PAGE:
Seasonal Changes in Bird Populations
Mass Audubon often receives questions from concerned citizens asking, in essence: "Why are there no birds?" Where there were once a lot of birds in the yard or at feeders, now there are almost none.
How come? Unless there has been a significant change in the immediate area of a feeder, or in the local habitat, the answer will usually be explained by population dynamics. Populations of all songbirds are subject to natural fluctuations from year to year. These are usually associated with widespread success or failure during the breeding season, which in turn is related to weather, food supply, predators, and other conditions.
Bird Populations Vary with the Seasons
Many people are under the impression that the birds they see in their yards from day to day are, like the trees and shrubs, constant elements. In fact, however, bird populations are extremely dynamic.
For instance, there are some years when most, if not all, of the summering chickadees, Blue Jays, and other "resident" birds are replaced by a different wintering population. Because individuals of a species look pretty much the same, shifts in feeding birds usually go unnoticed except when concentrations become unusually large or when the out-going visitors are not immediately replaced by a new group of hungry customers.
When struck by a worrisome disappearance of birds in the early fall, people may start searching nearby woodlots and their fears are confirmed. Where recently the woods were full of songful birds there is now a pall of silence and inactivity. This too is completely normal. Except for unusually loquacious species such as mockingbirds, bird song essentially ceases by late summer.
Because bird song is such an integral part of our outdoor experience, on a nice day in September we often fail to notice its absence unless we're listening for it. Once they have left their breeding territories, birds tend to coalesce into feeding flocks, and it is not unusual for extensive sections of the landscape to be birdless when such a flock or flocks are elsewhere. There is nothing alarming about a prolonged silence in the depths of an autumn forest.
Birds Find Food in the Wild
Wild foods include berries, weed seeds, mast (acorns and other nuts), and invertebrate sources such as lace bug larvae. These foods are subject to fluctuating availability both seasonally and from year to year. Birds will concentrate in regions where wild foods are particularly plentiful, thus leaving areas where there is less bounty.
The availability of food in the wild will affect the number of winter residents, for example, if there is a poor mast crop in Massachusetts, Blue Jays will migrate farther south to where natural foods are more abundant. When Massachusetts experiences an unusually open winter in the early part of the season, the fields remain open, and the weed seeds are available to seedeaters, especially Dark-eyed Juncos and Tree Sparrows.
Fall Weather Influences Winter Populations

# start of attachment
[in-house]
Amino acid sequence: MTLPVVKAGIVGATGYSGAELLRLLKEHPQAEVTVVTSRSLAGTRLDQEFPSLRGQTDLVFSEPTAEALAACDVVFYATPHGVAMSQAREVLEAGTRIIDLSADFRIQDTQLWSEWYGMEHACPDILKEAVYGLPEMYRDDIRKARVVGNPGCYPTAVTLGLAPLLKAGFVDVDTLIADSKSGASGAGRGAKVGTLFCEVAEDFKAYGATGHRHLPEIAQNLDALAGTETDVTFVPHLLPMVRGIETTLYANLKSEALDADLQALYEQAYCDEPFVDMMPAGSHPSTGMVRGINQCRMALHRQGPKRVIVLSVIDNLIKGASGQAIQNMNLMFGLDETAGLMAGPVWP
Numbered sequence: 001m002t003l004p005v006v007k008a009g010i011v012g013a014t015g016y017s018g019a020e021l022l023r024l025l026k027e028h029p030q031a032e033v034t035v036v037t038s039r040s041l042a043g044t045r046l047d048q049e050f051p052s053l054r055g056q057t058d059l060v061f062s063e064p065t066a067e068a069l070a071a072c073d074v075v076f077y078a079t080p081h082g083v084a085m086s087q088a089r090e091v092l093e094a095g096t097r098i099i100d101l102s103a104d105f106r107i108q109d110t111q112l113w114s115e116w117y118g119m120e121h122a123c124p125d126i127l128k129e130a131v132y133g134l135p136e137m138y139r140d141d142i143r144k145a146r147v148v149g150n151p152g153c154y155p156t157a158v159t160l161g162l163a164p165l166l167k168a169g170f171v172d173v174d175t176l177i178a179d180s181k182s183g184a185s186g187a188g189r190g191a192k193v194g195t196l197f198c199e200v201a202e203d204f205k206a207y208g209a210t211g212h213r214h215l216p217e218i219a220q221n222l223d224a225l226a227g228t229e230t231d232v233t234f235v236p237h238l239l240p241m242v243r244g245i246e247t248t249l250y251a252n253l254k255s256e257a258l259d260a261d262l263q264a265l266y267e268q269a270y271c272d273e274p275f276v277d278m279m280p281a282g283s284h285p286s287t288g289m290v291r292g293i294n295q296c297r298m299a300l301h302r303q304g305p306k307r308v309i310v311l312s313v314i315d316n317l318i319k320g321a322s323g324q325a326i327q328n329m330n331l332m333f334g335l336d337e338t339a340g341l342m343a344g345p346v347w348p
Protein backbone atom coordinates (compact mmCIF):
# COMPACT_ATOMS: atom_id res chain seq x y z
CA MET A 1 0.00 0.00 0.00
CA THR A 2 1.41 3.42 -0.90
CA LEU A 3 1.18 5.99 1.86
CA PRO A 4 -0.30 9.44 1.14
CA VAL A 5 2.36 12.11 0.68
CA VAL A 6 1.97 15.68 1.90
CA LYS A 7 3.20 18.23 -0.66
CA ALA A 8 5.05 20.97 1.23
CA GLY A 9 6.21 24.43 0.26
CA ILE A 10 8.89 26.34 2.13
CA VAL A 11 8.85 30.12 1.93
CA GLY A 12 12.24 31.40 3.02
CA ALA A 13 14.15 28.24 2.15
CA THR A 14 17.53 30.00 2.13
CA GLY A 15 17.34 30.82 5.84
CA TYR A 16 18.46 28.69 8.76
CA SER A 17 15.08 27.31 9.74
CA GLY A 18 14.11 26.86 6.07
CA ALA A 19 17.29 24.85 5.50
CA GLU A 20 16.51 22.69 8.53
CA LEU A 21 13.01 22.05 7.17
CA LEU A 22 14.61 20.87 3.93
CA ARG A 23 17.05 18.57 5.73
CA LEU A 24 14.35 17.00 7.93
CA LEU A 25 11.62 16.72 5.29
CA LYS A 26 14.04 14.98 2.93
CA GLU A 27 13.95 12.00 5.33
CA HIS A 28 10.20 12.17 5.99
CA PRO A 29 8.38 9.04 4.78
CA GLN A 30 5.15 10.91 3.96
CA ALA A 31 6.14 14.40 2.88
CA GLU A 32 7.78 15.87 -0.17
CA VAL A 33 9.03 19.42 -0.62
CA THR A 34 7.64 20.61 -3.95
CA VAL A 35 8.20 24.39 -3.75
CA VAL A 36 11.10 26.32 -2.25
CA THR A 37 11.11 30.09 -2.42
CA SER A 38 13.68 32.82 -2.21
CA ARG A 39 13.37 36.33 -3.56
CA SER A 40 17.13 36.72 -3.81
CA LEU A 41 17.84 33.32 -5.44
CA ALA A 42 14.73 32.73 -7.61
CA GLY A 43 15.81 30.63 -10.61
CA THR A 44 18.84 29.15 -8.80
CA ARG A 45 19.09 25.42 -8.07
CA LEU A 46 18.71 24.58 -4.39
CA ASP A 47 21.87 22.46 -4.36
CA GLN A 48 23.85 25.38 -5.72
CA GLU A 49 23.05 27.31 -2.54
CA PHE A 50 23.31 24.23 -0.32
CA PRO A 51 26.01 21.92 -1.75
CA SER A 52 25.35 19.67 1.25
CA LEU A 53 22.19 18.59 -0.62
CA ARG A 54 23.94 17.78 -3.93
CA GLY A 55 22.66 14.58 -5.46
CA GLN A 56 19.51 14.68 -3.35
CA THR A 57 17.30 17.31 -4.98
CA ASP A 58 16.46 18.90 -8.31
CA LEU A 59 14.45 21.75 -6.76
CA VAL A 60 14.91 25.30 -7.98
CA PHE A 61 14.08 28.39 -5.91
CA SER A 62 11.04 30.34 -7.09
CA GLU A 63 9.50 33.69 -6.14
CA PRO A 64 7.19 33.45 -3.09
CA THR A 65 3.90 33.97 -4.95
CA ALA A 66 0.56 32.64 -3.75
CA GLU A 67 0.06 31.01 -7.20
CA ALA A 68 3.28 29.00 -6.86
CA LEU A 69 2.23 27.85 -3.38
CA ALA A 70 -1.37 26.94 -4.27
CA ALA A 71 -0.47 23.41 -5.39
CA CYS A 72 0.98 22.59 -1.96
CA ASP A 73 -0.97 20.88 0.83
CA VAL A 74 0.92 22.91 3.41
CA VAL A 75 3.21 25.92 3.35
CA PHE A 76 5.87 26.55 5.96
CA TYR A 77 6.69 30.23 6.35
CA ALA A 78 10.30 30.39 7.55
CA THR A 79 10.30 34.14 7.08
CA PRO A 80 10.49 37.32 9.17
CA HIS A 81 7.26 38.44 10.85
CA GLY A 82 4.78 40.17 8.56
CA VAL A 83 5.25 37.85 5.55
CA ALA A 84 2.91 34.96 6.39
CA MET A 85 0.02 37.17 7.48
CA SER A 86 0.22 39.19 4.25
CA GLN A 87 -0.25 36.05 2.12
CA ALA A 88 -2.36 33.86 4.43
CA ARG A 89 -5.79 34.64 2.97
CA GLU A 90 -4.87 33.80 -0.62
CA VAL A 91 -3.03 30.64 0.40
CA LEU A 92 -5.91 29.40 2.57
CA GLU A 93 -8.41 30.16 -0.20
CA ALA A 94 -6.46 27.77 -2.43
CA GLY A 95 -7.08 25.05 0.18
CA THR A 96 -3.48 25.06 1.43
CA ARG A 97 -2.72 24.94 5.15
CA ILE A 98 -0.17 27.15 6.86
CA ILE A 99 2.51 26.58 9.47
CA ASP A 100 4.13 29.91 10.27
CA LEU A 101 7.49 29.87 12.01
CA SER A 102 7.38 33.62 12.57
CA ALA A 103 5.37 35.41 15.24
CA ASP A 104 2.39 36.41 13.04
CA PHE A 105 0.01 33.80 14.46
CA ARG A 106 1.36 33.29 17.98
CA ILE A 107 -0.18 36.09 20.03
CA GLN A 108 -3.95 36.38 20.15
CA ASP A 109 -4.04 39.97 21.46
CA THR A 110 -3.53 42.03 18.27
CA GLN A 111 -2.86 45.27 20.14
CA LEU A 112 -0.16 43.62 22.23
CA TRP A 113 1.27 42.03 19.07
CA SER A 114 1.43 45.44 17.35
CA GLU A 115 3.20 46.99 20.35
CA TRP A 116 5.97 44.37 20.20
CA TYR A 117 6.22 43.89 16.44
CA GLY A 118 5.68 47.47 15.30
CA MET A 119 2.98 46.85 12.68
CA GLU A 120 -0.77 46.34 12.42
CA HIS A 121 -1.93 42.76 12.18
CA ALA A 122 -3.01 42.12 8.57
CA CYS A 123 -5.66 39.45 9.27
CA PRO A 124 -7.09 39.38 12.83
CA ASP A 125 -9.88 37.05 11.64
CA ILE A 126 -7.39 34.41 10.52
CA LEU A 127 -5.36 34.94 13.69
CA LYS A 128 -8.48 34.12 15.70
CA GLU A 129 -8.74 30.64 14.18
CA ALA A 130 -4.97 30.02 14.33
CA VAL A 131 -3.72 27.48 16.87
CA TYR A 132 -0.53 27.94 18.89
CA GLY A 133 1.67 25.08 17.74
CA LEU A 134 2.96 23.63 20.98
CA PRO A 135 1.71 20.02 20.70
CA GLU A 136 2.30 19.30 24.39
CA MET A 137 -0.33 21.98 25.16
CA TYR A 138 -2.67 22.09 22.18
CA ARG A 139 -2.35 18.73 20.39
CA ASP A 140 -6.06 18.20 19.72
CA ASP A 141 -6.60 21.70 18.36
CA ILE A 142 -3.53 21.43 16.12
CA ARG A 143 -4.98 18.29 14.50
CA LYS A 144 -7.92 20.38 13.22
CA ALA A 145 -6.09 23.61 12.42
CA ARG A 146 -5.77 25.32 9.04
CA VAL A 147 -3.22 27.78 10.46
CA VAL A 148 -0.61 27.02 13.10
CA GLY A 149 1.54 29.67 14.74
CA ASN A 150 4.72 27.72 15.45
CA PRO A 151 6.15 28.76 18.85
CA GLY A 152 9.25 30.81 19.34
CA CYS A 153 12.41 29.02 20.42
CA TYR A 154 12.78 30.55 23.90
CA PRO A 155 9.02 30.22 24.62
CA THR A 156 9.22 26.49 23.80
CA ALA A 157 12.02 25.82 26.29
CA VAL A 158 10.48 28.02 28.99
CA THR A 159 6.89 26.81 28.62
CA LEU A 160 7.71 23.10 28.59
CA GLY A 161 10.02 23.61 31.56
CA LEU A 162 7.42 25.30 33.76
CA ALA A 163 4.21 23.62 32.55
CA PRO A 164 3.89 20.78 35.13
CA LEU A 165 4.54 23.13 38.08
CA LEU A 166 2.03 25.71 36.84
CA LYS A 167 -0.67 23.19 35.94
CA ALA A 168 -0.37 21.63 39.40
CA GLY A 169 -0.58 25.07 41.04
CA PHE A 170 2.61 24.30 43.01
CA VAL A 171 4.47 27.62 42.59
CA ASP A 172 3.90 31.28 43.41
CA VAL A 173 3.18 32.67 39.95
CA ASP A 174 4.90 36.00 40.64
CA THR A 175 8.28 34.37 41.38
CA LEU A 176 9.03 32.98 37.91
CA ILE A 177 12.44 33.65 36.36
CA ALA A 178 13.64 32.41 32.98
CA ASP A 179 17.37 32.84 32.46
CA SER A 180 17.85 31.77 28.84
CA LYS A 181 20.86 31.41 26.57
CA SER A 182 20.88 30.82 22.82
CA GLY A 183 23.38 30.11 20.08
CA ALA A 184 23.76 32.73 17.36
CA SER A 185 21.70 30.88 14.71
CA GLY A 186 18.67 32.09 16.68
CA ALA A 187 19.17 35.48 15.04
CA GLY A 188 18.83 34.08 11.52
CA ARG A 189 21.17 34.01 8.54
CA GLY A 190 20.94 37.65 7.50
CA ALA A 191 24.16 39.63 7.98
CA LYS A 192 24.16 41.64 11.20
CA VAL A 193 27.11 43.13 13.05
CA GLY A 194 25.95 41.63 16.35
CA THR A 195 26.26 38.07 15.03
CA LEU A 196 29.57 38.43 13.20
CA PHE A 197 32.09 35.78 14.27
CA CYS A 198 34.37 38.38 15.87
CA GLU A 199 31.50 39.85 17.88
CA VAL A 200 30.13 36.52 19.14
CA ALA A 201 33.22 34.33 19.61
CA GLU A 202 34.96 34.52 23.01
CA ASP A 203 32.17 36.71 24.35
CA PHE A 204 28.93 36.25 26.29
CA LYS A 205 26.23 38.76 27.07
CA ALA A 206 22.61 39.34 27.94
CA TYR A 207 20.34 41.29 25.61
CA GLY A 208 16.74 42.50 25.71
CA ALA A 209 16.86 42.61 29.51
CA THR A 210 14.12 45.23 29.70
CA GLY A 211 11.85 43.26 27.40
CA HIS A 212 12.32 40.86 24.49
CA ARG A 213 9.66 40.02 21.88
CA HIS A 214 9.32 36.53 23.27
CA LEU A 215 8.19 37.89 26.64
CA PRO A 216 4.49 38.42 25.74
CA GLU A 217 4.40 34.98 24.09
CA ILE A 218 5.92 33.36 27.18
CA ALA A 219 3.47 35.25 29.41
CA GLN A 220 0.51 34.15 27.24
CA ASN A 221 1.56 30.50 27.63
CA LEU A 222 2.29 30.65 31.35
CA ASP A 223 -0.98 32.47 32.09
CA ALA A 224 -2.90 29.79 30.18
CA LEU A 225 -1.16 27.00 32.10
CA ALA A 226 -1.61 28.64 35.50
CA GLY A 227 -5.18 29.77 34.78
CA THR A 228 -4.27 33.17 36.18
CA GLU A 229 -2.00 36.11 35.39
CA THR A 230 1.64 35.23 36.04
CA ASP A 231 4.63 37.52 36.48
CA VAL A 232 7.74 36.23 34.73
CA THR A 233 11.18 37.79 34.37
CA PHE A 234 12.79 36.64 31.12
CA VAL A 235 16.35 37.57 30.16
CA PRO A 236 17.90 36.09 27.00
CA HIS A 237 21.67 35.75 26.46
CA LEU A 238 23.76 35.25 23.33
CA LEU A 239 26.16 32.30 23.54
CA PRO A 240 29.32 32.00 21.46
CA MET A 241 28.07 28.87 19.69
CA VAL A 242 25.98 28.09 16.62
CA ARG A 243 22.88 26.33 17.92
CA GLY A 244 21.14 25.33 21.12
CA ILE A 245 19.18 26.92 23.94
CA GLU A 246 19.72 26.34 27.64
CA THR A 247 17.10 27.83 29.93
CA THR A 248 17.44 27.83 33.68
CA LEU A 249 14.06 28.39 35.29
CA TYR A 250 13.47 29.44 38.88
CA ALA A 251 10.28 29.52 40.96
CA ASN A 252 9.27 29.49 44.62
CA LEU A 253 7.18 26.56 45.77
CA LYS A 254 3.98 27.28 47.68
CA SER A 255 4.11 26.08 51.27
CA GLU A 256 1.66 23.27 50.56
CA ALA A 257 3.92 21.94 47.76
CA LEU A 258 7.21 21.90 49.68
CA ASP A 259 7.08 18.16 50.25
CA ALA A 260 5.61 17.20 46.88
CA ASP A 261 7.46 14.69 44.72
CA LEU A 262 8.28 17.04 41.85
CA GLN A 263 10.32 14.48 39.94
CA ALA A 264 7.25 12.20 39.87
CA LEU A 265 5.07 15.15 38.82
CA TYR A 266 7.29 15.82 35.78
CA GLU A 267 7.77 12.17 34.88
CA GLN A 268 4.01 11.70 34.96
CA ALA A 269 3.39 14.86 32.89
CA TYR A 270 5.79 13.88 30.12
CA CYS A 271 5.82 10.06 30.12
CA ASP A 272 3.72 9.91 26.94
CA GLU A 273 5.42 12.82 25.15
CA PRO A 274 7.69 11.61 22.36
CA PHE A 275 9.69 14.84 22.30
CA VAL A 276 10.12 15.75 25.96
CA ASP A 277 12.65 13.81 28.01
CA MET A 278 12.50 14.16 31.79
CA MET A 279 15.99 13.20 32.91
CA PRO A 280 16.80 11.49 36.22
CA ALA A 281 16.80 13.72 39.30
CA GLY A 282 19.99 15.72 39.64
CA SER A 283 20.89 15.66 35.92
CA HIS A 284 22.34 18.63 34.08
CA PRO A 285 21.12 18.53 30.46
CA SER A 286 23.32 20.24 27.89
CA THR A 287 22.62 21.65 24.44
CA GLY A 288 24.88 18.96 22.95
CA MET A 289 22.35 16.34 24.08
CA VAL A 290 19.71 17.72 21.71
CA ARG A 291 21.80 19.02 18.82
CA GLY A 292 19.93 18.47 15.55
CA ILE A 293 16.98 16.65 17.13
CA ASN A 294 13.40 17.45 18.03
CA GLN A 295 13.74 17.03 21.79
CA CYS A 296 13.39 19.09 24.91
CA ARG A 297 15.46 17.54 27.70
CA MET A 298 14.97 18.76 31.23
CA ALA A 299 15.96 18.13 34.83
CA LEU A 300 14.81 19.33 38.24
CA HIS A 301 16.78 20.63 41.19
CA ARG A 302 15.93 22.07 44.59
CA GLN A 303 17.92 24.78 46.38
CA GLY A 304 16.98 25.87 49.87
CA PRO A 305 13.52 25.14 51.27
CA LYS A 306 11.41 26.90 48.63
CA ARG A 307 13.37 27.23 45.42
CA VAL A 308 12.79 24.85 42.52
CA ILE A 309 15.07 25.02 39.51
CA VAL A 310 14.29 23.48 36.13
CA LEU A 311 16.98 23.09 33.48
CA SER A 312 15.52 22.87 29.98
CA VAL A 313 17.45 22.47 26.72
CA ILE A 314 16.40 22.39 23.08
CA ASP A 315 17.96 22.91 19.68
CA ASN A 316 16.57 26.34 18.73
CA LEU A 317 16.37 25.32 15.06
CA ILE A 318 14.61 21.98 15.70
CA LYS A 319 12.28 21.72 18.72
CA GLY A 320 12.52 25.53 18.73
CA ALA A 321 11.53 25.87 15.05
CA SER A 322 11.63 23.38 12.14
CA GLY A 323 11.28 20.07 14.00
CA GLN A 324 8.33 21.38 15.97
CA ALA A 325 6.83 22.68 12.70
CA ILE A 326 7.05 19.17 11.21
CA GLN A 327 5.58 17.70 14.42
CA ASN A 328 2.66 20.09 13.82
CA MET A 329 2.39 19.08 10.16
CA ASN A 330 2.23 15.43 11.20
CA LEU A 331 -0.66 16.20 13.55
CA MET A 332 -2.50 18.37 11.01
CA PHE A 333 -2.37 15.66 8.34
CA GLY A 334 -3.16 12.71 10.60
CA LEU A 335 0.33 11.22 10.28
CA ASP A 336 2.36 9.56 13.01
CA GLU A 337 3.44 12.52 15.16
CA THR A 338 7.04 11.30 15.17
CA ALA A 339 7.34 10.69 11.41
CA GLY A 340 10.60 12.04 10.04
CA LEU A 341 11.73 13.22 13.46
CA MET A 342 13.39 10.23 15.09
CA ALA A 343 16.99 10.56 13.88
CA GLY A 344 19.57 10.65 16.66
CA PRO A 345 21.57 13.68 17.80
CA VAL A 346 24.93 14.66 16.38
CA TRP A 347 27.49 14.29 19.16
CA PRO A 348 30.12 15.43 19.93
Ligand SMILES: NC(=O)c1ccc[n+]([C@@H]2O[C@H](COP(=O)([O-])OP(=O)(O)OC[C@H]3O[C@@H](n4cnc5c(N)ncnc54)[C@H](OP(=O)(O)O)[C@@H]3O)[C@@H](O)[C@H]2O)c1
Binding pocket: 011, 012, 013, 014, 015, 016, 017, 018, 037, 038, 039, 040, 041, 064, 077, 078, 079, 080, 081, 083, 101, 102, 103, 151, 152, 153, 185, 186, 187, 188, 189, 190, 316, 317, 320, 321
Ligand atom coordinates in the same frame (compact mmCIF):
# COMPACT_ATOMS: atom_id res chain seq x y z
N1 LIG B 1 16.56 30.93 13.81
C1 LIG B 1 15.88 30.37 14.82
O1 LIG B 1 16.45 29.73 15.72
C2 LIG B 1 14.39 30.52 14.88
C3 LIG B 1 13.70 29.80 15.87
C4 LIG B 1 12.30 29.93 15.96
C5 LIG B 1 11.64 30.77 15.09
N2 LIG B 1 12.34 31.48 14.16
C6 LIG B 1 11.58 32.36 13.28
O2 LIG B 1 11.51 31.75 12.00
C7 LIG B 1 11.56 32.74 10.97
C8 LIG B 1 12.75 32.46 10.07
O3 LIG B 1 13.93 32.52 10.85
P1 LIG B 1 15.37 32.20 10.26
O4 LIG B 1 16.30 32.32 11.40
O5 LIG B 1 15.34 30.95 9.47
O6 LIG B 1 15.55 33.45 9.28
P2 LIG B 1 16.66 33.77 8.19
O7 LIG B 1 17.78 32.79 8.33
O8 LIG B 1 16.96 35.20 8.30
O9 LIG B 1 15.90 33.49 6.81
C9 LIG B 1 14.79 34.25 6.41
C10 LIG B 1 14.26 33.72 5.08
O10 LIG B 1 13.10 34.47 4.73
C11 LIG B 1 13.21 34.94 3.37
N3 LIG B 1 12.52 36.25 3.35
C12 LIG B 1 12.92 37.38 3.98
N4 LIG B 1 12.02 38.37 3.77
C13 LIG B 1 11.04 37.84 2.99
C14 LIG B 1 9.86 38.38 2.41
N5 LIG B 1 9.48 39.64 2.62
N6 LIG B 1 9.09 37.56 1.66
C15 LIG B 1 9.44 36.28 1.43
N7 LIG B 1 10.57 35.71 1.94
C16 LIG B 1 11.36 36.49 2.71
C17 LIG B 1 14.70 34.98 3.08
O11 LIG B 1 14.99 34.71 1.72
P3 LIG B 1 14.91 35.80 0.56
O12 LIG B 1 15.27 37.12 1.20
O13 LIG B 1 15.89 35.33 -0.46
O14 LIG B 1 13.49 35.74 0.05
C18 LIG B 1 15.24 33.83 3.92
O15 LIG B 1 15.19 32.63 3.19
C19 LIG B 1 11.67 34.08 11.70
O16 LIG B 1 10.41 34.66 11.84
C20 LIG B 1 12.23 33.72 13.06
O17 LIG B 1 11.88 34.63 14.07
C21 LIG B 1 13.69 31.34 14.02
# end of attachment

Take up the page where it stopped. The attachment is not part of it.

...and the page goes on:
Weather during the fall migration period is another factor that determines which birds will winter in Massachusetts. Some understanding of the mechanics of bird migration helps explain this relationship. Although we all recognize that the general trend of bird migration in the fall is southward, it is probably less well known that there is a significant movement of mostly immature birds that fly north in the fall.
Apparently birds take their directional cues from the weather, and when a strong spring-like flow of warm southwest wind is the dominant weather pattern, they fly north. Most of these misguided waifs eventually move south, but if the northward movement has taken place late in the season and the internal drive to migrate has lessened, then they may spend the winter in the inhospitable northland, some to perish, some to survive. The number of Brown Thrashers and Northern Orioles, etc., that linger is almost solely dependent upon the weather influences of the late fall.
Many who ask "where are the birds?" have just put up their feeders for the season or for the first time ever. No flocks have descended. The feeders remain full of seed. Even the cardinals that nested in the yard haven't come. The worried birdwatcher becomes suspicious that the bird seed is at fault, undertakes a thorough cleaning of the feeders, replacing the seed or even buying brand new.
It is normal for weeks or even months to elapse before birds recognize and frequent a new feeding station. There are some considerations in the placement of a feeder which will affect the number of birds which will use it. Proximity to a sheltered staging area such as a bush provides for quick escape from predators and increases feeder visitation.
Finally, day to day visitation at a feeder may be influenced by neighborhood predators. Birds make themselves scarce when threatened by predators such as cats and hawks. It is not uncommon for a sharp-shinned hawk to frequent a feeding station while there are abundant birds there as easy prey. This is usually a temporary situation, if the birds are scared away the hawk will soon move on to other territory. Feeding birds is an increasingly popular winter activity, therefore it is possible that there is local competition for birds at backyard bird feeding stations. We encourage people to persist in their efforts and, as always, patience will be rewarded.